Bellows Stone

Purpose: I am curious to see how a medieval refractory recipe stacks up against a modern refectory.

I have made side blast forges out of about 2 1/2 inches thick of castable hot top refractory and they seem to work just fine. While reading Theophilus' "On Divers Arts" i came across an instruction for making a forge. It read as follows.


Theophilus' "On Divers Arts"

The third book "The Art of the Metalworker"

Chapter 3. The Forge for the work

"... on the left hand side of a man sitting there should be set into the ground a wooden board three feet long, 2 feet wide, and almost 2 fingers thick. When this is firmly in place there should be a hole in the center, a finger in diameter and four fingers above ground level. There should also be a narrow piece of wood, four fingers wide and as long as the larger board, fitted to it in front

and fixed with wooden pegs. "... second board same size "so that between the two there should be a space of four fingers". Fill this 2/3 with fresh clay that has neither been kneaded or mixed with water and trim it smooth.

This is basically a big dang fireproof wall.

Then he says mix horse dung with kneaded clay and build up the forge and hearth poking a hole with a slender stick.

A nice text on bellows stones.

Goldsmithing & Silver Work: Jewelry, Vessels & Ornaments By Carles Codina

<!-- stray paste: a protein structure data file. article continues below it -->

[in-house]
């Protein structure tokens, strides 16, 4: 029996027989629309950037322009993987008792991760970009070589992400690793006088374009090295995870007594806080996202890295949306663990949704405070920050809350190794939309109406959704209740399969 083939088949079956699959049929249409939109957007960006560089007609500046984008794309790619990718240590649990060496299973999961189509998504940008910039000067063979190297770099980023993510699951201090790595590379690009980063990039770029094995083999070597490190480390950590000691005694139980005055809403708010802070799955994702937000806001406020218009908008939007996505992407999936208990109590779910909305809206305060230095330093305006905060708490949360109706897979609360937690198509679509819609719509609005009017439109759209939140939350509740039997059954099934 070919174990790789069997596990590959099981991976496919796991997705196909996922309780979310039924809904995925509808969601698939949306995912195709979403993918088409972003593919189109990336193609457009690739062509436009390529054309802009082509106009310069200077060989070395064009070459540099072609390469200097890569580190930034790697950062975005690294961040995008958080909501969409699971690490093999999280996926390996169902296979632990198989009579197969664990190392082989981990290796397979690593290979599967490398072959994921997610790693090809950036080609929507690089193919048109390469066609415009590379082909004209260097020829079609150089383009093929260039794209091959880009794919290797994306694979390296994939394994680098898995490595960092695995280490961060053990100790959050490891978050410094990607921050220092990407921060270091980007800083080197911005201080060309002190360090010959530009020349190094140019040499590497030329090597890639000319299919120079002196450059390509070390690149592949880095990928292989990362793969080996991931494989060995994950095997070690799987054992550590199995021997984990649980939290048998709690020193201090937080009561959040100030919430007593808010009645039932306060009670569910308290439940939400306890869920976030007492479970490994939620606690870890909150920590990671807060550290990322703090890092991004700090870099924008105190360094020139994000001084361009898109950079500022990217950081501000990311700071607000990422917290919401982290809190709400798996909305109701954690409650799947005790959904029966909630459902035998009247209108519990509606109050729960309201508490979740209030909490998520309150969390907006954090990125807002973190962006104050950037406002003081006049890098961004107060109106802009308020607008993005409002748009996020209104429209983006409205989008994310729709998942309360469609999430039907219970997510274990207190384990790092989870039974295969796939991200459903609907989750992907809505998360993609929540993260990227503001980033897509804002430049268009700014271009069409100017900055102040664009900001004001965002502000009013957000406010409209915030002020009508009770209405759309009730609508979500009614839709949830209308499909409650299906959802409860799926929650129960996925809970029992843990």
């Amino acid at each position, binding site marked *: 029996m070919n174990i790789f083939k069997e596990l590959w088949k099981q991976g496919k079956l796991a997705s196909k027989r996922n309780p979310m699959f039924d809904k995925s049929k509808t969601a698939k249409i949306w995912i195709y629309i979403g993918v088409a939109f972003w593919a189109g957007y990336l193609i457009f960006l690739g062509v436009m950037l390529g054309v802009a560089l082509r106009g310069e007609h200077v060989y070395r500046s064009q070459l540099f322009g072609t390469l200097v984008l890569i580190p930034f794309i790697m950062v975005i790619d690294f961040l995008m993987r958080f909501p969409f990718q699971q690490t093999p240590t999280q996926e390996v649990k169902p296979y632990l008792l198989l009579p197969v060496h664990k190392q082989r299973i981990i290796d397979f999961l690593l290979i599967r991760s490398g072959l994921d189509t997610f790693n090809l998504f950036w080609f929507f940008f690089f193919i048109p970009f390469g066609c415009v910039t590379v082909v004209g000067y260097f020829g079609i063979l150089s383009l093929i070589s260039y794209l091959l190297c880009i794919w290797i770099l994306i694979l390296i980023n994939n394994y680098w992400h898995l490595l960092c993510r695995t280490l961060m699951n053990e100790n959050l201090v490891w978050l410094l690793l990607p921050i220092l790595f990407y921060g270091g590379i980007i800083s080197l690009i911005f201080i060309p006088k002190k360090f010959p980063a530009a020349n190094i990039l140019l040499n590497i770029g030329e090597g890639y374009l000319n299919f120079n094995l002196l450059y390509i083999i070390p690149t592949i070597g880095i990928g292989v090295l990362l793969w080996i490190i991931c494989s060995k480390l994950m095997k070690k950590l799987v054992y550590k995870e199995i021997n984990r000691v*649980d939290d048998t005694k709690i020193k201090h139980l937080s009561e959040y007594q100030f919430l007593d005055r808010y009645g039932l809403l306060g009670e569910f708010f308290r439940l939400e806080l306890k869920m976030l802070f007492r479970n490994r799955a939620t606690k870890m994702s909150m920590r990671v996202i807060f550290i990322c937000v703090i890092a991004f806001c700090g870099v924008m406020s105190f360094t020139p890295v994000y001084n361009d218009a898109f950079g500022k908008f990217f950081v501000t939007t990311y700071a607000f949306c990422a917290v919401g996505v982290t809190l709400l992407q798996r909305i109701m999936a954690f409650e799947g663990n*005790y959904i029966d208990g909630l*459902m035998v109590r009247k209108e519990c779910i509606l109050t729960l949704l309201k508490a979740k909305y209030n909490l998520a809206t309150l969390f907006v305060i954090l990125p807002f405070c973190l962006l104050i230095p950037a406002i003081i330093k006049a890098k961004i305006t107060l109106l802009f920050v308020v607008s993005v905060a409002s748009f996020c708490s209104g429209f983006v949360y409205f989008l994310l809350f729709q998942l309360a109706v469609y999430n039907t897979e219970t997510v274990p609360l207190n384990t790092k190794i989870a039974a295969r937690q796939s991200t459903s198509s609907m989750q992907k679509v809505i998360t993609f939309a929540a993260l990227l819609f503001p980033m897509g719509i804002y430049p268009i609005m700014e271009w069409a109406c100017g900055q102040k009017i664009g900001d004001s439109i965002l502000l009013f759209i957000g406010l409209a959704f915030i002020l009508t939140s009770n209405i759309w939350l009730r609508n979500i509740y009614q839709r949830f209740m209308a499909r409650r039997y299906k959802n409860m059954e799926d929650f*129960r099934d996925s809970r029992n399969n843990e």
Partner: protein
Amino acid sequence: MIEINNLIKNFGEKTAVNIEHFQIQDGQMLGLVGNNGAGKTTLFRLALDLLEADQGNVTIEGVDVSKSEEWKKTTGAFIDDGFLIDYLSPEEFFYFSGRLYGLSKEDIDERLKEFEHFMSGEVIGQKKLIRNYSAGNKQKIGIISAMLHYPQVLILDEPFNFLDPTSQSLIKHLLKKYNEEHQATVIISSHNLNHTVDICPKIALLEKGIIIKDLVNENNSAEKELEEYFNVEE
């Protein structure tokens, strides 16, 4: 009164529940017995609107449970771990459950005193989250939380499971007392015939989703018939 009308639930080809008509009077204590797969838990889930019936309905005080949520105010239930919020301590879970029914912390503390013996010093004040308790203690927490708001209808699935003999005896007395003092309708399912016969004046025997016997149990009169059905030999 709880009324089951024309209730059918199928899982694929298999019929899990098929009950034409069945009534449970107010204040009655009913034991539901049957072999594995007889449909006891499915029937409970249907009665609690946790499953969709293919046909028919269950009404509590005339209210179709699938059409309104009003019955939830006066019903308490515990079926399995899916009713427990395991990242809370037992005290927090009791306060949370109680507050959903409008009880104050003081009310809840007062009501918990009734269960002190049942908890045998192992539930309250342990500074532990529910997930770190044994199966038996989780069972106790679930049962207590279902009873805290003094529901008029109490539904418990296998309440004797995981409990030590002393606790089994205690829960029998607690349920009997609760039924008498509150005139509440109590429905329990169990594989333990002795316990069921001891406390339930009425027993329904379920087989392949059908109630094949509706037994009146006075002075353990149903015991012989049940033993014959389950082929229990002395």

States that crucibles are made for the Ashanti method by mixing 45% horse manure, 45% potters clay, and 10% charnotte(refractory clay)


1) Period sizing schmizing. I've seen m fires and I know this will be a portable occaisional forge for me.

2) This is partially because I want to see how well this refractory holds up.

3) Theophilus was NOT describing how to make a portable forge.

4) this may just crack and explode on me the first time

6)The bellows I made are probably way oversized for this but It'll be fun to see how well this works.

7)THIS IS ME SLAPPING TOGETHER TWO TIME PERIODS. A scandinavian bellows stone meets an elizabethan side blast forge you will see metal ones like this showing up during the revolutionary war. The design is simple. Something that doesn't burn or explode. A hole. And some dirt or sand. the next major improvement in side blast forges takes place in the 1800s with water cooled side blast forges that are still in use in europe today.

8)if I can find an 8x10 or larger piece of soap stone I need to try making a nice bellows stone.

9)If this works it will be worth it for the comedic value of the polished turd jokes. If this doesn't work it'll be a great anecdote. Never underestimate the value of humor during a historic demo.


1)take 50/50 dry horse poop and wet clay


2) smash the turds to break up the fibers and make sure the clay and the fibers mix


4)I built the bellows shield 4 fingers thick and set it to dry for a few weeks.


5) I smoothed it out a bit with a water dipped hand and relocated some of the clay from the sides to the top.

6) let her dry for a few weeks with a fan running

7) heat to 180F for four hours

8)heat to 220 for four hours.

9)heat to 450F for a few hours. and let cool.


The refractory seemed to hold up well under charcoal use but started to degrade when anthracite coal was used.

The bellows stone cracked due to an improper mounting of the bellows but that have me a glorious view of the inside of the material.

The results after antracite.